Maybe She’s Born With It

I stopped wearing nail polish almost a year and a half ago. The last time I painted my nails was for my interview with my current job. I recently threw away the last of my nail polish colors and nail polish remover and it felt good to unload some “stuff” that has some questionable ingredients and smells pretty strongly.

I stopped getting my eyebrows done at the same time. I got them threaded for the same interview, and maybe once after, but then I stopped. My brows have always been thin and light so all they really needed was a bit of shaping. I loved the salon near my last apartment in New York and would visit them about once every six weeks as a mini luxury, but in my new town I found few salons offered threading and the price was much steeper. It wasn’t worth it to me. I could handle the small amount of shaping my sparse brows needed and forego the time and effort.

I very rarely (1-2x/year) get a glaze put in the bottom part of my hair to help old dyed color blend in with my natural color while I grow it out. I haven’t full-on dyed my hair in over three years. I loved the darker color and how it looked against my skin, but wasn’t a fan of the waste and questionable chemicals I was always using. Also, it’s not cheap to dye thick hair that you can literally tuck into your pants. Plus, I think the grays I’m getting look kind of cool. I love seeing older women with long, beautiful, silver hair, and I would be totally cool with that look as I age.

What am I getting at here? This isn’t just a list of “stuff Sarah doesn’t do anymore.” It’s about making conscious decisions when it comes to what I put in, on, and around what my body. Choosing how to spend my money and time. Learning to love myself just as I naturally am.

That last one is pretty huge.

I spent my childhood wishing I had green eyes, black hair, and pale skin. Instead, I had light golden brown (my stylist considers it blond) hair, blueish eyes, and yellowish skin.

Then I discovered hair dye and staying indoors, and my eye color fully developed into – surprise! – green. I spent my 20s black-haired, pale, and green-eyed. I was thrilled to finally look the way I’d wanted to look my whole life. People saw me the way I wanted to see myself. I projected confidence and happiness…until I’d visit friends or family and realize I’d forgotten to bring my makeup, or my un-dyed roots got out of control. I loved feeling “pretty” but I was still insecure with my “mask.”

Once I started weaning myself off the mask, starting with the hair dye, it snowballed into a slow unveiling of confidence in my true self. It helped to have an extremely supportive partner who prefers me to not wear makeup (nor anything unnatural) and actually means it. He doesn’t mean he prefers the no-makeup look, he genuinely doesn’t like makeup (or hair dye, or nail polish, or cologne, etc).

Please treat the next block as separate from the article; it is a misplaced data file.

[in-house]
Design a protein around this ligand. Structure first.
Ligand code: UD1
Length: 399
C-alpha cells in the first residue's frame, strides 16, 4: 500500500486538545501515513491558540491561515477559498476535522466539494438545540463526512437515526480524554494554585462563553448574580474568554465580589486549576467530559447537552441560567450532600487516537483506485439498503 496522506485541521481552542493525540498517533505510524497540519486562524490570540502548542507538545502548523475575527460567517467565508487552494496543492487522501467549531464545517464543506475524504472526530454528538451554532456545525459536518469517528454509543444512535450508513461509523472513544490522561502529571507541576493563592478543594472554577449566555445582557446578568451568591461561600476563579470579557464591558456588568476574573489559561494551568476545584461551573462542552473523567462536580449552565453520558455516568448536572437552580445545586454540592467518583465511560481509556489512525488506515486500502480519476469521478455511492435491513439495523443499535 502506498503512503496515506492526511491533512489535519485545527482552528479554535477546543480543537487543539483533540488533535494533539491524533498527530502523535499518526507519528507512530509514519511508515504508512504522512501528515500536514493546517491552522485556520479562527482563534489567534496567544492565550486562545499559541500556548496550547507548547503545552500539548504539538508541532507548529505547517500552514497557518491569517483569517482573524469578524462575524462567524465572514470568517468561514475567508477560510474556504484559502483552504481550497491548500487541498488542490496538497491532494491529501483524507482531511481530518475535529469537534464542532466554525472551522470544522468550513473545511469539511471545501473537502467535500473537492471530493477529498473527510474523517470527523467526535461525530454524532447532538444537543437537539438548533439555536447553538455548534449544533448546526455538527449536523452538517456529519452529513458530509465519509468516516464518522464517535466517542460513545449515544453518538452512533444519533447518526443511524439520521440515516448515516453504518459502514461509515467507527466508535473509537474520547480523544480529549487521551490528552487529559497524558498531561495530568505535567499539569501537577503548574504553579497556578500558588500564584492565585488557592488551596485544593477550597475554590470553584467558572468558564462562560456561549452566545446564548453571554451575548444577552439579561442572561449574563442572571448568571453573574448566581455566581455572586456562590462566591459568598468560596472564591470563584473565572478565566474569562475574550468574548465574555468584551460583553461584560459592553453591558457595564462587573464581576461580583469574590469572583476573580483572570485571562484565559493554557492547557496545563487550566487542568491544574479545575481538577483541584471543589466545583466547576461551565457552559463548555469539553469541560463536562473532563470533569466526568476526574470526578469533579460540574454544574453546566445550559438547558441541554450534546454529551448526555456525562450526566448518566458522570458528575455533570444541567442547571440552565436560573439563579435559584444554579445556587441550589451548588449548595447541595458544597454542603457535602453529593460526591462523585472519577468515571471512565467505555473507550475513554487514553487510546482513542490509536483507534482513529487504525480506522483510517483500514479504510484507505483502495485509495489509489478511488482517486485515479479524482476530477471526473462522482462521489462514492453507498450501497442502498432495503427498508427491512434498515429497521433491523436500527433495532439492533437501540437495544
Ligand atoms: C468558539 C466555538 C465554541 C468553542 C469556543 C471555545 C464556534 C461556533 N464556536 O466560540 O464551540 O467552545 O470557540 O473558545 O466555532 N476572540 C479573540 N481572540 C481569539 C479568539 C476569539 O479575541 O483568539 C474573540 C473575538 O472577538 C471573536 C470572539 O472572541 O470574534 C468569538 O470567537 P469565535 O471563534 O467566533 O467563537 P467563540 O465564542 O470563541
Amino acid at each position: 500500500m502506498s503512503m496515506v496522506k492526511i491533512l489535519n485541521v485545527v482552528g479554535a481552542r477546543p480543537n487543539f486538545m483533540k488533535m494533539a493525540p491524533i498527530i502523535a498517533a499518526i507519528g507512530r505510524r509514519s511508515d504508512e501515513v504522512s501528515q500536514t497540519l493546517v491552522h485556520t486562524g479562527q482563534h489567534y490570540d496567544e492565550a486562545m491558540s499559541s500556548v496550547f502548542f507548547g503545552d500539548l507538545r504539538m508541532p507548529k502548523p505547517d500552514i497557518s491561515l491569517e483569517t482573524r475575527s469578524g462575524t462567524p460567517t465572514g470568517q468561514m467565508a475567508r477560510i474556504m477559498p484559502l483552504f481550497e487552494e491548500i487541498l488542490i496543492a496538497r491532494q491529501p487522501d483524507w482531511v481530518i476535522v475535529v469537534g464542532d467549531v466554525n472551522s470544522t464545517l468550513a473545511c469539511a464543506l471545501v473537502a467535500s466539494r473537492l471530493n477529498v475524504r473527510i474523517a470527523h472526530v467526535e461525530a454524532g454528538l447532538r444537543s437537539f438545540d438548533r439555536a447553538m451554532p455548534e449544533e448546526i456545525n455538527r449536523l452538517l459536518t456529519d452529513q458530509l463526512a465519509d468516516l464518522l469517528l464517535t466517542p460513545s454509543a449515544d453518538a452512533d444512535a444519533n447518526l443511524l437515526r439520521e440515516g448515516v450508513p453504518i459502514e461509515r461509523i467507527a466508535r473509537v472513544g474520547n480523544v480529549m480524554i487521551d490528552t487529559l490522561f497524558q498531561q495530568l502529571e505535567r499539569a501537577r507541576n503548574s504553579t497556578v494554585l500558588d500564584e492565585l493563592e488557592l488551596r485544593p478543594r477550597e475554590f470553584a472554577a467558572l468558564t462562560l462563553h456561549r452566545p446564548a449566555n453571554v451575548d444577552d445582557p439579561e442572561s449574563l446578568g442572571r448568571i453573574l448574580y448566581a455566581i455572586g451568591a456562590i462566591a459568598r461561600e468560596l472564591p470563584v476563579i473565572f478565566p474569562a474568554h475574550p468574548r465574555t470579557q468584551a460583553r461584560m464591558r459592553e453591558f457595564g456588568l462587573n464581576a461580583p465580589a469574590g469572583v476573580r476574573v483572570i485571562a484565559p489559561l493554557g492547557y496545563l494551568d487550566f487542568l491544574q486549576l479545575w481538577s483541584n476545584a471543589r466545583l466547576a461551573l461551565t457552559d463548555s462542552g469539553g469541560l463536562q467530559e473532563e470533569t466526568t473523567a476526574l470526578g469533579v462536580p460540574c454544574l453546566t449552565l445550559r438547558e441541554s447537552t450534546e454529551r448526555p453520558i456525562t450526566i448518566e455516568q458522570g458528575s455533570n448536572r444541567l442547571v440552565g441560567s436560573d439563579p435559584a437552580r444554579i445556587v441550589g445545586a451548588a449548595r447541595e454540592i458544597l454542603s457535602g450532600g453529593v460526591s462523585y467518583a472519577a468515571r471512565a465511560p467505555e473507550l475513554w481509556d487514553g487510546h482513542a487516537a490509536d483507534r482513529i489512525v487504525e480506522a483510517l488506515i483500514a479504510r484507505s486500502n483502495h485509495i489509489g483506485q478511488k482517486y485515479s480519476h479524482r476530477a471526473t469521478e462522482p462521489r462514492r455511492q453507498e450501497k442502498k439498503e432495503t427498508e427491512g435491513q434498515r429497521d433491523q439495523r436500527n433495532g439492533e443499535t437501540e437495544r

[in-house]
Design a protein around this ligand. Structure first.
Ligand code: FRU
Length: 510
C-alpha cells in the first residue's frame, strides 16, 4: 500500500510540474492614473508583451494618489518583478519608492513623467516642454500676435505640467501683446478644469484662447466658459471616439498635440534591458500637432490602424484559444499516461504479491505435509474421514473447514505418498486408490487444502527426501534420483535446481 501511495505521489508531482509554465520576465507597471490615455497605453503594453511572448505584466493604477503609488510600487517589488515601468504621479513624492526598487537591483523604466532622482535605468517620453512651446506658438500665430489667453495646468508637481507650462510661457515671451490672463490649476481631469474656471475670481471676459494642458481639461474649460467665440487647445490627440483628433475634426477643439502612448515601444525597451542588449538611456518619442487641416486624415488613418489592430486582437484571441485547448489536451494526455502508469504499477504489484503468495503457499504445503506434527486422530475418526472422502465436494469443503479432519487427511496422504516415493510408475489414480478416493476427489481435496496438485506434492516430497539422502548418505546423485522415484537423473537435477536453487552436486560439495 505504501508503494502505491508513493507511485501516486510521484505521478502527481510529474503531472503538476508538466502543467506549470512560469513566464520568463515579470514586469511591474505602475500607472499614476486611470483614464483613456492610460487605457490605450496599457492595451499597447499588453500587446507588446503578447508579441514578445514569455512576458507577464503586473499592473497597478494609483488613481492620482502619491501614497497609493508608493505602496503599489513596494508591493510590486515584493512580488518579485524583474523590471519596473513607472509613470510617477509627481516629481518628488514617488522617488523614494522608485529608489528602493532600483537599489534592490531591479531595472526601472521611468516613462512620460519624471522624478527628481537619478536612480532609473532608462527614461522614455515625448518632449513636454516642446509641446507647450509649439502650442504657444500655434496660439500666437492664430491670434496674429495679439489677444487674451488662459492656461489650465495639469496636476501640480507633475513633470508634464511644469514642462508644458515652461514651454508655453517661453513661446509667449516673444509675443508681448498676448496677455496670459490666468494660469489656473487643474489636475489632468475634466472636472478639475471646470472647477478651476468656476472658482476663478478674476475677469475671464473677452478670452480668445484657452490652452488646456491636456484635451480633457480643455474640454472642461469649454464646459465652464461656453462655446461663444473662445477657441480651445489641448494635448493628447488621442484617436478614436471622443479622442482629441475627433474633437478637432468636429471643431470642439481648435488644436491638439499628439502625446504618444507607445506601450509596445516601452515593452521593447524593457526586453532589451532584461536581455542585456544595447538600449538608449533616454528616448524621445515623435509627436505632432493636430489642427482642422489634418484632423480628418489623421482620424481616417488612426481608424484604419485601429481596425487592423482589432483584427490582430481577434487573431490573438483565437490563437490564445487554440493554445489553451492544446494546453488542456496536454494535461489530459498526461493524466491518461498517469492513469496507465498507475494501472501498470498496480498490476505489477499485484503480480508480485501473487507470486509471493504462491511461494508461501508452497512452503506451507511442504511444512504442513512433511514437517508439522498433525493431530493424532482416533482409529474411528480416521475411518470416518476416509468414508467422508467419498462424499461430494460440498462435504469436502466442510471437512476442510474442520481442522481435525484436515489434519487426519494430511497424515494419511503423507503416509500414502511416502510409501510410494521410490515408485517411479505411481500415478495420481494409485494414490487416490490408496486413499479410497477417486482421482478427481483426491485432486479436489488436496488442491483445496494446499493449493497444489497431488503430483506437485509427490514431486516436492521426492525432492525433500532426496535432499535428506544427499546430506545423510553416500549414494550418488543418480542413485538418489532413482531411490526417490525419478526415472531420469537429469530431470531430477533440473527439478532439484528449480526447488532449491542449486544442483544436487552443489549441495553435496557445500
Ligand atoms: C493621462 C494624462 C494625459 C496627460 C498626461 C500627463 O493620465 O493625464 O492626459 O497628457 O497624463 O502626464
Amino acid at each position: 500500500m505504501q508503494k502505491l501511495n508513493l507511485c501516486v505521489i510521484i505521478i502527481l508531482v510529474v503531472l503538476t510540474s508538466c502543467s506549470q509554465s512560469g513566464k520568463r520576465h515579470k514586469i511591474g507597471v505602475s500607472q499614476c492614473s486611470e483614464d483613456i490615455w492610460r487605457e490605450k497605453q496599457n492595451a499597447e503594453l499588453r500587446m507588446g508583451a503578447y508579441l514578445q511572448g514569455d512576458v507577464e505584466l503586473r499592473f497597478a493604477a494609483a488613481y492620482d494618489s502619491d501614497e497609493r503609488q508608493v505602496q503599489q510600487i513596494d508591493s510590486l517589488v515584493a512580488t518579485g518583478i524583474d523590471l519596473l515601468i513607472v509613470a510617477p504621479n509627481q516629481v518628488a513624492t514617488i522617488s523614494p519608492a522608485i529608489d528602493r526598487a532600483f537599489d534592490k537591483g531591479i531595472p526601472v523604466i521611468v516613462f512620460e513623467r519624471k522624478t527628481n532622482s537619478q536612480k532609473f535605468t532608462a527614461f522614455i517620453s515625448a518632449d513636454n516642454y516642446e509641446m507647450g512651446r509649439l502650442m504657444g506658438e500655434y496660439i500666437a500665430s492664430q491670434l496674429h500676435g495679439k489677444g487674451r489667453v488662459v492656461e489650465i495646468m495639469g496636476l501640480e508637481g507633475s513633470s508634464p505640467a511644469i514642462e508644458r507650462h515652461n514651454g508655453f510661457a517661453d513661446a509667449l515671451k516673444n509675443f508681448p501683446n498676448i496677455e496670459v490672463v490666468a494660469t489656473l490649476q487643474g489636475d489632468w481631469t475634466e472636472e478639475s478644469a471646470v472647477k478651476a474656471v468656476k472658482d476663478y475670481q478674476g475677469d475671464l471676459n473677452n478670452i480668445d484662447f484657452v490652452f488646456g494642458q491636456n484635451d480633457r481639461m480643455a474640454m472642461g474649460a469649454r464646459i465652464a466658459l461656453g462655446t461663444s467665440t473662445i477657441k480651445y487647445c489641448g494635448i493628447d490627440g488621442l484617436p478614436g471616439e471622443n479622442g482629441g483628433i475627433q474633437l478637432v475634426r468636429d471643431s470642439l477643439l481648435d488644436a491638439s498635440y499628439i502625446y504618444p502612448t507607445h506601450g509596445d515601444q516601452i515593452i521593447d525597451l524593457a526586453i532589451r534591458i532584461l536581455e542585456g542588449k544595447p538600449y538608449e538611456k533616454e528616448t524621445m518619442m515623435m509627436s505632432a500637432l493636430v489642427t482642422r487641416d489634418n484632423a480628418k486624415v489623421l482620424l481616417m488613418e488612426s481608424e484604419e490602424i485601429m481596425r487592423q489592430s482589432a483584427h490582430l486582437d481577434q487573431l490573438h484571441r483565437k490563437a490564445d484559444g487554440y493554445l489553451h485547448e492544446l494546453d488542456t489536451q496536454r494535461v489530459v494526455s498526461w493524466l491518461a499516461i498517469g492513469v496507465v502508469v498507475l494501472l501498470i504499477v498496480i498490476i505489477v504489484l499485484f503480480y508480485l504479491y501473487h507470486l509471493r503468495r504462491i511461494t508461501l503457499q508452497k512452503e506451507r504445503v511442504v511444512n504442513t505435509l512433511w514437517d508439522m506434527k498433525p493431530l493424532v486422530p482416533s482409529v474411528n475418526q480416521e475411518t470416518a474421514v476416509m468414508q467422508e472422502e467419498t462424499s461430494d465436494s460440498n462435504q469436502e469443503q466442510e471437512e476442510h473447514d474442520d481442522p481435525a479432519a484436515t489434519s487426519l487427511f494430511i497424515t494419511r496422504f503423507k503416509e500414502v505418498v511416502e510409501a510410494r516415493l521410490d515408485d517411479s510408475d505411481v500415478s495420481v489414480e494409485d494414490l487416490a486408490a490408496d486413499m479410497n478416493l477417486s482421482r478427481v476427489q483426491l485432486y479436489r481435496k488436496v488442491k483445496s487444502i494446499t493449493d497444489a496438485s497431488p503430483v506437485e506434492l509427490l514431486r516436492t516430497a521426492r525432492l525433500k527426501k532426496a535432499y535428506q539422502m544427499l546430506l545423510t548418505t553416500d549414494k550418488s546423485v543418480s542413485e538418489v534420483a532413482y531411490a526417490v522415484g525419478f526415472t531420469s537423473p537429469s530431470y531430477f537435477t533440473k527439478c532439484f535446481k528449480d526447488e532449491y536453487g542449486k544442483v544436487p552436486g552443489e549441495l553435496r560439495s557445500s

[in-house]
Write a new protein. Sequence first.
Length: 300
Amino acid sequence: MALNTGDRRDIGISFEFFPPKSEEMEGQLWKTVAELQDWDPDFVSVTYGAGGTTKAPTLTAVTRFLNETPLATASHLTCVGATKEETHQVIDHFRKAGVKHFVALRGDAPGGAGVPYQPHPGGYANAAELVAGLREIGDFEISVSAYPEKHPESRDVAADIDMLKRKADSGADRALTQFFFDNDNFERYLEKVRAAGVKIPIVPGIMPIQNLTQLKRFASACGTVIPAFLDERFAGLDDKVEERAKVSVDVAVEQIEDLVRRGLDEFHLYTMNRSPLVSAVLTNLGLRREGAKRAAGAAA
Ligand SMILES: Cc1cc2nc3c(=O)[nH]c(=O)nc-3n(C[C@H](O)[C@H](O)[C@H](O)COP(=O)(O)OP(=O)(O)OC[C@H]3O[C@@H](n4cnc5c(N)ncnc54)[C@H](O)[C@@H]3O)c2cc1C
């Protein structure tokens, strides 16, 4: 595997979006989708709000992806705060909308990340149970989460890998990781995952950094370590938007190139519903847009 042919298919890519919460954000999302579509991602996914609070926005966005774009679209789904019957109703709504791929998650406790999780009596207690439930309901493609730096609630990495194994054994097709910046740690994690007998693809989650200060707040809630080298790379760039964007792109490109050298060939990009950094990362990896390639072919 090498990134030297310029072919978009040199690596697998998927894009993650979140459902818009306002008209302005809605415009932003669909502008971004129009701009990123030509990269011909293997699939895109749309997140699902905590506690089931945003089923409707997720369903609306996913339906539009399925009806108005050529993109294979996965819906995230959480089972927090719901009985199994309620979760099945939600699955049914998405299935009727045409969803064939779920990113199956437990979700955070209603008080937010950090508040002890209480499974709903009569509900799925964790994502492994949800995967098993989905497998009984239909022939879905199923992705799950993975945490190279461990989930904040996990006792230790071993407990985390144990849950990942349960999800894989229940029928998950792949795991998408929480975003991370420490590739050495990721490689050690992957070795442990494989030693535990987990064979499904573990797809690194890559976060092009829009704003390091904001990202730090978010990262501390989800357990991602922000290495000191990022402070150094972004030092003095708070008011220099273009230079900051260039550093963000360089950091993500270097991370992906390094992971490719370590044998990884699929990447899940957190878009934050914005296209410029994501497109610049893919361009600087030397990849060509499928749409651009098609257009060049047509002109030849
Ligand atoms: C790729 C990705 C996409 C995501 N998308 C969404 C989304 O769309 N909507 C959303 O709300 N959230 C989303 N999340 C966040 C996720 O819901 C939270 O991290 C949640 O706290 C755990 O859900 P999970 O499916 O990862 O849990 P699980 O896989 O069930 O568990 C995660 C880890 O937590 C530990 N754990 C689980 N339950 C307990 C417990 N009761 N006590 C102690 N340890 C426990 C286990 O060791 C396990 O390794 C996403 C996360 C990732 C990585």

The hair dye, nail polish, and eyebrows were small in comparison to the makeup. I never wore much makeup to begin with. I only wore foundation/powder for photos or special events. My daily routine included eyeliner, eye shadow, mascara, and lip stain. Over the last two years, while I learned more about the ingredients in cosmetics, I started to get “lazy” and cut out the eye shadow. Down to the liner, mascara, and lip stain, but I wasn’t happy with the way my eyes looked with the liner. Some colors were too dark and others made my eyes red so I’d look like I was crying. Finally, I cut out the liner too – down to just mascara and lip stain.

About six months ago I decided to try a “safer” mascara and see if I liked it. I’d recently purchased reusable cotton rounds for witch hazel/makeup removing purposes. On the first day of wear, when I tried to remove the mascara at the end of the day, it stained the cotton rounds (permanently, although it wasn’t waterproof mascara) and was so hard to remove, I lost a couple eyelashes. Sadly, the “safer” mascara had an unintended effect: instead of choosing a safer mascara, I ended up choosing not to wear any at all. It’s been sitting in my (now-tiny) makeup bag for special occasions only. I’ve now worn eye makeup exactly twice in 2017, both for professional events.

I still wear lip stain as I feel that pop of color does really brighten my face, but I’ve switched to a handmade tube from Etsy with natural, recognizable ingredients. It gives me more of a natural flush than a vivid lip, and that’s okay with me. It helps me look a bit more alive as my lips are naturally super-pale. I feel, at least in professional settings, it’s important to look like I respect my appearance and take time to look professional, and it’s perfect. I don’t feel like I need to look like anybody else, but I don’t want to look unkempt or sloppy simply because I’m choosing a more natural lifestyle.

That said, last weekend was one of the two occasions on which I wore makeup. When I looked in the mirror my eyes seemed red and I felt like I was made up for photos or the stage. Although it was barely any makeup (eyeliner and mascara) I felt I looked much different, and not necessarily better – what a change in perspective!

Over the last few years, I’ve learned to love myself for who I am, to appreciate my appearance as well as what’s within my flesh-and-bone walls. Taking off the mask has allowed me to see more of myself and gain strength. I now focus more on what’s important to me to do, and less on how I look whilst doing it.

Maybe she’s born with it. Maybe it comes from a box, or a tube, or a salon, or a brush, or a wand, or a bottle.

Maybe it’s not what’s on the outside that matters.

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